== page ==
My dissertation studies book collecting culture from a communal perspective. I focus on urban communities in early modern Germany, looking at collectors from Leipzig, Berlin and Lübeck. Book auctions were introduced in the empire during the second half of the 17th century. Official regulation required booksellers to print catalogues in advance of the auction, giving scholars an invaluable tool of analysis. I will study these catalogues, making use of their data to understand the social and economic conditions of book collecting in early modern cities. The sellers, buyers and regulators of the book market built a tightly-knit social network in these urban communities. This is documented in a lively private correspondence, which allows a window into the lives of many unknown collectors. Local memory culture reveals a more intimate side of bibliophile life, since auctions were often held in the private homes of the heirs of the deceased. The family household was indeed the core unit of book consumption, as my study will argue. However, the Republic of Letters had its own say in the world of books. Scholars wrote guides on how collections should be built, where books could be found and how a library should be structured. These guidelines were slowly changing after the middle of the 18th century, when new public institutions were emerging as keepers of the written legacy, and the Enlightenment introduced new forms of reading texts.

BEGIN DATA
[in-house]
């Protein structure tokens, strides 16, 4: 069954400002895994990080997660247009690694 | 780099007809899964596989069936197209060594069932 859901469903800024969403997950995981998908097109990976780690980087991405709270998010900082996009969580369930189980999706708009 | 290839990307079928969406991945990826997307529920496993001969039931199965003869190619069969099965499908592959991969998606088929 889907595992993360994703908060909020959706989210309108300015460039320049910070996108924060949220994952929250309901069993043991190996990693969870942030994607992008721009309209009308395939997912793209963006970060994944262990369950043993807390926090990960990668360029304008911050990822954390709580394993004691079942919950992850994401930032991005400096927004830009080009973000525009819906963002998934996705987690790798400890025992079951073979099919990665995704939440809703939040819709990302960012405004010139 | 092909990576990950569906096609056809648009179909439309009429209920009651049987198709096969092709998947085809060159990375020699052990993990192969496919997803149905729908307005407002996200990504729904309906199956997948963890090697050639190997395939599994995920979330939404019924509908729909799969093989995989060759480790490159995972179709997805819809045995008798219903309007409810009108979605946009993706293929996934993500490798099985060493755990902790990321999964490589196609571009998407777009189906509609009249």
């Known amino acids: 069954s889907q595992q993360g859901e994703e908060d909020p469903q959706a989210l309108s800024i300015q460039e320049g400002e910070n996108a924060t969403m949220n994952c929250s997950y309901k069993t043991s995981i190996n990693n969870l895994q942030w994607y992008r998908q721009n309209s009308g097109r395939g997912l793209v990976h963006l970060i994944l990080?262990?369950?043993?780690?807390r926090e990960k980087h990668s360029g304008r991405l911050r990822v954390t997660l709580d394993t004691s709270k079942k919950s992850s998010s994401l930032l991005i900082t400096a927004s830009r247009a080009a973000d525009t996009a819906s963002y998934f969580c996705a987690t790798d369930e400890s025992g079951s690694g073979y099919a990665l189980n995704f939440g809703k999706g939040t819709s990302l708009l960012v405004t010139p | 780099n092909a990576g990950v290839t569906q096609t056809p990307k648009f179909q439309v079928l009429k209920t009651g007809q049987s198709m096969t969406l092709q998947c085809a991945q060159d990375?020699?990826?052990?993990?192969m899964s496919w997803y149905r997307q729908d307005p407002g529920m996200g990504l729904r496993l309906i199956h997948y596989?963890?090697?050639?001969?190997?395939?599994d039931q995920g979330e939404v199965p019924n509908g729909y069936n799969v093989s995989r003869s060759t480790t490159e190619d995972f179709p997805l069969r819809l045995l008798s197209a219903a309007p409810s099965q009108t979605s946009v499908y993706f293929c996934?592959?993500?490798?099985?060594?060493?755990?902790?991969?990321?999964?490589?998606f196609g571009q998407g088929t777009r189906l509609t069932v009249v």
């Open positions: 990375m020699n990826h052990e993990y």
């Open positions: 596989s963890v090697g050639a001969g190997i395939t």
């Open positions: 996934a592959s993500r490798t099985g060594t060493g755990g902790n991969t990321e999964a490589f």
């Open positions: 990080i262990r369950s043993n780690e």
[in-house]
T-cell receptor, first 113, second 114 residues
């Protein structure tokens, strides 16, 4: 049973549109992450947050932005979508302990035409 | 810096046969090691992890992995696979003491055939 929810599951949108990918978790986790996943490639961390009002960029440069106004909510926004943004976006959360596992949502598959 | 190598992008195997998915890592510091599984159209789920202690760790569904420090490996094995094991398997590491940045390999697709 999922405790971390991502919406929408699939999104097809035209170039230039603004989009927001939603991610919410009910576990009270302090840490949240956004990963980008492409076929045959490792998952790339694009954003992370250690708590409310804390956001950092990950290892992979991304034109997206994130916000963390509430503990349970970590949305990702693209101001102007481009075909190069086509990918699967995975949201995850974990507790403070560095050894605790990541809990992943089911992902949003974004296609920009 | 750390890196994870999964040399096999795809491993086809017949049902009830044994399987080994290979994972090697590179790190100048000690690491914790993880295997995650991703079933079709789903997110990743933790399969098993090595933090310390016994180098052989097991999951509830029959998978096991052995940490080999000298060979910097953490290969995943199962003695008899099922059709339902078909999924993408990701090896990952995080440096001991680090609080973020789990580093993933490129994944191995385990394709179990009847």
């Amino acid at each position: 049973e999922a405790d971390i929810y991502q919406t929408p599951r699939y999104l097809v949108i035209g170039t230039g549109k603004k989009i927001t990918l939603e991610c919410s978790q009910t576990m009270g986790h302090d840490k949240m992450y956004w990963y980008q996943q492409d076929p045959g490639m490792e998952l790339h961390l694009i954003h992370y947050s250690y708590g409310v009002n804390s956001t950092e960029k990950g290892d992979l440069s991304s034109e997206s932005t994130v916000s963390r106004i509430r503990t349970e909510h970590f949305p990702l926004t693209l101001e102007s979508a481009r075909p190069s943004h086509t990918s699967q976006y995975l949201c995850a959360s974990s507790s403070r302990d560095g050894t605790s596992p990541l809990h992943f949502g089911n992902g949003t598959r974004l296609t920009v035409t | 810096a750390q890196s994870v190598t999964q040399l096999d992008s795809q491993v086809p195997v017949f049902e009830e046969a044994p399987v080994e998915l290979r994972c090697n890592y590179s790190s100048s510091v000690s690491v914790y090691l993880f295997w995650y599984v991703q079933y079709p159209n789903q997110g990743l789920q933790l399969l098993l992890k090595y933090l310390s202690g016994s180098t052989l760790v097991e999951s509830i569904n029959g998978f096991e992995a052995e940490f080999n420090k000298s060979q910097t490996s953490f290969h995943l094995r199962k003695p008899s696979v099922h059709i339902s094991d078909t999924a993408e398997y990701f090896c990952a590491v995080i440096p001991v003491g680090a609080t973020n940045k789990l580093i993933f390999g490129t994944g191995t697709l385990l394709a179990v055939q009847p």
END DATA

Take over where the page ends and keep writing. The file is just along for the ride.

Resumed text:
AHRC Doctoral Training Partnership Studentship, SGSAH (2018–2021)
School of History Maintenance Scholarship, University of St Andrews (2018–2021)
Maintenance Scholarship, University of St Andrews (2018–2021)
Digital Humanities Fellowship, Herzog August Library Wolfenbüttel (2017–2018)
Erasmus Scholarship, Ludwig-Maximilian University of Munich (2015–2016)
‘Catalogues in Catalogues: Imitation and Competition in Early Modern Book Collecting’, in G. Kemp, A. Pettegree and A. der Weduwen (eds.), Book Trade Catalogues in Early Modern Europe (Leiden: Brill, 2019), forthcoming.